How to Care for Lemon Trees

Sensitive to frost, these beautiful trees thrive best in areas with mild winters. However, there are a few varieties which will grow in regions where the climate is slightly cooler and experience light occasional frost. Choose a variety of recommended for and adapted to your particular area. Purchase a with its maturity size in mind, because you don’t want to buy one which will ultimately outgrow your chosen setting. A little extra frost protection can be provided by situating lemon trees under eaves or next to buildings.

1.Choose a warm, sunny western or southern exposure spot to plant your lemon tree. Make sure that the soil drains very well in this location.
2.Dig a hole about three feet in diameter. The depth should match the depth of the lemon tree’s current container. Create a mound of soil in the center of the hole for positioning the root ball. Situate the tree on the mound so that you burying the crown where the roots begin at the base of the tree’s trunk and just a bit higher than its surrounding soil. This will allow for some settling, which can be expected of container-grown trees.
3.Refill the hole partially with soil, mixing in some compost if you wish. Add fertilizer at this time, also. Begin adding water to the hole a little at a time. Firm the soil as you alternately add soil and water to completely fill the hole. Mulch the area to a depth of two or three inches.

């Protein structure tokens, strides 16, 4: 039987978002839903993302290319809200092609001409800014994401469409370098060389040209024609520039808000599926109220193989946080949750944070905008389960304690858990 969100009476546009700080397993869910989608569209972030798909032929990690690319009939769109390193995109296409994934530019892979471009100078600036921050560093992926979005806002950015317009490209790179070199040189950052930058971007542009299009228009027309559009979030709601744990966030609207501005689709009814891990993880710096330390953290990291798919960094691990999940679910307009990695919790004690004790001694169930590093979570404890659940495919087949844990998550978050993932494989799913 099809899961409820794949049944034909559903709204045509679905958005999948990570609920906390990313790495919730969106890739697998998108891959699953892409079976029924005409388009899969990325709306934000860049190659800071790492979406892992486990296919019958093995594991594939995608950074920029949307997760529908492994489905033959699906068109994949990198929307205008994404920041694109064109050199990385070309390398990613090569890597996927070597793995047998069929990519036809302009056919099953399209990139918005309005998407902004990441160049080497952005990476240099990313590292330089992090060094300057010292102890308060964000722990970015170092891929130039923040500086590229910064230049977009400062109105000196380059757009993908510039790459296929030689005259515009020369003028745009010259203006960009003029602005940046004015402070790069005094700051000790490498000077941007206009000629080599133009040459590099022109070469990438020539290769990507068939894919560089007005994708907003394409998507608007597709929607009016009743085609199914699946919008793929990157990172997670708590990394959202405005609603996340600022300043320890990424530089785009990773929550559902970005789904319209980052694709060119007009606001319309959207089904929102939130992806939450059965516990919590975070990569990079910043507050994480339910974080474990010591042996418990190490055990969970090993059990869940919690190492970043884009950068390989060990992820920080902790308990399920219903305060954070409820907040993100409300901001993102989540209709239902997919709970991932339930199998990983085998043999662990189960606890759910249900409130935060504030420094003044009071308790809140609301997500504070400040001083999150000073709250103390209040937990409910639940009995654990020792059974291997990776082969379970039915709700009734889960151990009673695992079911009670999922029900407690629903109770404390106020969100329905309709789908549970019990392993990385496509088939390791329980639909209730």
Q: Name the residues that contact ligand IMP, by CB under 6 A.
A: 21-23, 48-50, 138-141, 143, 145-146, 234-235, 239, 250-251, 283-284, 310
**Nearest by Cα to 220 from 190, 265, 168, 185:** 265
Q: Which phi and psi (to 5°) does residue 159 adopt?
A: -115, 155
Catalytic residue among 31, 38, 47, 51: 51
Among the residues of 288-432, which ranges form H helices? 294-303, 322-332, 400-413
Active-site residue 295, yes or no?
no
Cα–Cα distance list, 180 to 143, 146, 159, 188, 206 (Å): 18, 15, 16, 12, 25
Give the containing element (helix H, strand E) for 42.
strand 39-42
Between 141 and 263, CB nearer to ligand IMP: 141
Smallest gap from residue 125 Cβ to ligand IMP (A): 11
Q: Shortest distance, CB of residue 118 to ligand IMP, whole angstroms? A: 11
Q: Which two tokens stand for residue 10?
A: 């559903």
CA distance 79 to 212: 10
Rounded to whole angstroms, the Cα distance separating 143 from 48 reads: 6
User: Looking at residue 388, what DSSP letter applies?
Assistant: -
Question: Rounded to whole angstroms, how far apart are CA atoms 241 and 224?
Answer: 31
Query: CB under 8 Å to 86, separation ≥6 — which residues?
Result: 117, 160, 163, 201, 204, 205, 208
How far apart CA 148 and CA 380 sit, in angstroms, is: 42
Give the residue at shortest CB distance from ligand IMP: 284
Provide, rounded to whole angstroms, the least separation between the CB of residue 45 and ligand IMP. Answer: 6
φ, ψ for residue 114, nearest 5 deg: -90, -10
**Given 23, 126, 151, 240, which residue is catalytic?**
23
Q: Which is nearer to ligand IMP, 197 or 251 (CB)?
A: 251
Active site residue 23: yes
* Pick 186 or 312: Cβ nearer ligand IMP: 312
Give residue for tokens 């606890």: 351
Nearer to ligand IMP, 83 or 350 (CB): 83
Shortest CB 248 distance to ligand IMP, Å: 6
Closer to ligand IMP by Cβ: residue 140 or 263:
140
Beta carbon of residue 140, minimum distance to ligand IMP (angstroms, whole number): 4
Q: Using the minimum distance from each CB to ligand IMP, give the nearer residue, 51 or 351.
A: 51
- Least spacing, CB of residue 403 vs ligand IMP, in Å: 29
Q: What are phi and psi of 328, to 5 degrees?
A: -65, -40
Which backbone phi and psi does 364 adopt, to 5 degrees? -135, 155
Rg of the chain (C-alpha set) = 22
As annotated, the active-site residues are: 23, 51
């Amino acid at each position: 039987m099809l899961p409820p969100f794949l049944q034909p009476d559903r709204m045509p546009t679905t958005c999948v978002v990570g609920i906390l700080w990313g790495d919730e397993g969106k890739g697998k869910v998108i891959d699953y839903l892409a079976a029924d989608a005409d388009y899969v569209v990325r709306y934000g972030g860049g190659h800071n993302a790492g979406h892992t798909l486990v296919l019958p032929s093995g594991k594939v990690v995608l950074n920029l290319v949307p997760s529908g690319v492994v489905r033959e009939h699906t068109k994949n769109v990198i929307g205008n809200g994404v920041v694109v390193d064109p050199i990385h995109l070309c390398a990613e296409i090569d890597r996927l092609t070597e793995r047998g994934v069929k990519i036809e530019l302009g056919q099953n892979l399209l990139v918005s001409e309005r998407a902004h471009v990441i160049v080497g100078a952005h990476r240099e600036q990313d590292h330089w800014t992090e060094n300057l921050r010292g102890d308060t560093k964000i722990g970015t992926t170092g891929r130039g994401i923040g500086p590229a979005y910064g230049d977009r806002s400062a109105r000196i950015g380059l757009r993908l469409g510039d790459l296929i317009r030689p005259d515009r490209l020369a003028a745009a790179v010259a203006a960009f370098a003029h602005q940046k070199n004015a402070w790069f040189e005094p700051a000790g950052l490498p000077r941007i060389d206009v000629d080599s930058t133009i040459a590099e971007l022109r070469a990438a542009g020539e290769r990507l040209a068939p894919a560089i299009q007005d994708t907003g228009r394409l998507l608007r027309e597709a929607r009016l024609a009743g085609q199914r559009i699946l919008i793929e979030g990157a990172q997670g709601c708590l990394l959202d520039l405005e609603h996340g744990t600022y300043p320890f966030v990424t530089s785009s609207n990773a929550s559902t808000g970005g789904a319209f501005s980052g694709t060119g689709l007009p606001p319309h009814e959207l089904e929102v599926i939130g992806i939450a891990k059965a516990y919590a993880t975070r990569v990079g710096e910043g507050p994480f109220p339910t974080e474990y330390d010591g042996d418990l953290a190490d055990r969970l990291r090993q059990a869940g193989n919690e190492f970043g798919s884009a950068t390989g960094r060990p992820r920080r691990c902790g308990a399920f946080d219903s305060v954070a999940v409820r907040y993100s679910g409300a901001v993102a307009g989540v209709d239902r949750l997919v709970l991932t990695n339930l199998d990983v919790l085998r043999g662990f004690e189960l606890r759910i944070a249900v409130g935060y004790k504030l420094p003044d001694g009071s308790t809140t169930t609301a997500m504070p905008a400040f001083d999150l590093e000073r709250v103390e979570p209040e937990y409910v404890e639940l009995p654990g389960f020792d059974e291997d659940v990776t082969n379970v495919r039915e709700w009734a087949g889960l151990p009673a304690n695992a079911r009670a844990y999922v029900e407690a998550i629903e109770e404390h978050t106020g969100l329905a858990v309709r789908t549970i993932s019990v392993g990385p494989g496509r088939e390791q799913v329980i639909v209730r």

4.Water the lemon tree deeply each week or every 10 days during the summer. Young trees may require watering more often until they become established. When the weather turns cooler, water less.
5.Fertilize from February through August about every four to six weeks.
6.Prune lemon trees once every year or two. Trim back shoots that extend beyond the tree’s general shape, and prune out any suckers growing directly out of the root stock. If the foliage is particularly thick, remove a few limbs from the center of the tree. This will promote the circulation of air and light throughout the lemon tree’s canopy. Don’t remove more than a third of the growth at any one time.
7.Pick lemons when the fruit is completely ripe, and devoid of any hint of green coloring. Citrus does not ripen further once removed from the tree.

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